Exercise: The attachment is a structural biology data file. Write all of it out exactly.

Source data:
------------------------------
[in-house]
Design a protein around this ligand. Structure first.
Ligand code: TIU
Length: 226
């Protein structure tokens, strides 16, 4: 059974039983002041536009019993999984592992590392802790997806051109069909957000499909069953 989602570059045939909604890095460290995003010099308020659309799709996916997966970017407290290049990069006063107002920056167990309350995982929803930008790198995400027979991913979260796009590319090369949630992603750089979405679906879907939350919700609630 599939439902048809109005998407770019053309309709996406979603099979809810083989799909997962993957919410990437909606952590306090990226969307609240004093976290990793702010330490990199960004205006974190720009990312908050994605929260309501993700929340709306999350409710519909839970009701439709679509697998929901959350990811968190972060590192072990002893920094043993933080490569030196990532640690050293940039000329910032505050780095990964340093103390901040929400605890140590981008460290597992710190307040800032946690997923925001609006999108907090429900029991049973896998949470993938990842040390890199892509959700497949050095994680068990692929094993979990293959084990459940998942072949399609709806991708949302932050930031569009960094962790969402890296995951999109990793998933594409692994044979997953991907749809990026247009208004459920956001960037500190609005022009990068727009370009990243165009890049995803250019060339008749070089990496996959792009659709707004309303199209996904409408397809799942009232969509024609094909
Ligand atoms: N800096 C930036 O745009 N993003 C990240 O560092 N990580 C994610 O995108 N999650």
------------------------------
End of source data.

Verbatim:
[in-house]
Design a protein around this ligand. Structure first.
Ligand code: TIU
Length: 226
């Protein structure tokens, strides 16, 4: 059974039983002041536009019993999984592992590392802790997806051109069909957000499909069953 989602570059045939909604890095460290995003010099308020659309799709996916997966970017407290290049990069006063107002920056167990309350995982929803930008790198995400027979991913979260796009590319090369949630992603750089979405679906879907939350919700609630 599939439902048809109005998407770019053309309709996406979603099979809810083989799909997962993957919410990437909606952590306090990226969307609240004093976290990793702010330490990199960004205006974190720009990312908050994605929260309501993700929340709306999350409710519909839970009701439709679509697998929901959350990811968190972060590192072990002893920094043993933080490569030196990532640690050293940039000329910032505050780095990964340093103390901040929400605890140590981008460290597992710190307040800032946690997923925001609006999108907090429900029991049973896998949470993938990842040390890199892509959700497949050095994680068990692929094993979990293959084990459940998942072949399609709806991708949302932050930031569009960094962790969402890296995951999109990793998933594409692994044979997953991907749809990026247009208004459920956001960037500190609005022009990068727009370009990243165009890049995803250019060339008749070089990496996959792009659709707004309303199209996904409408397809799942009232969509024609094909
Ligand atoms: N800096 C930036 O745009 N993003 C990240 O560092 N990580 C994610 O995108 N999650």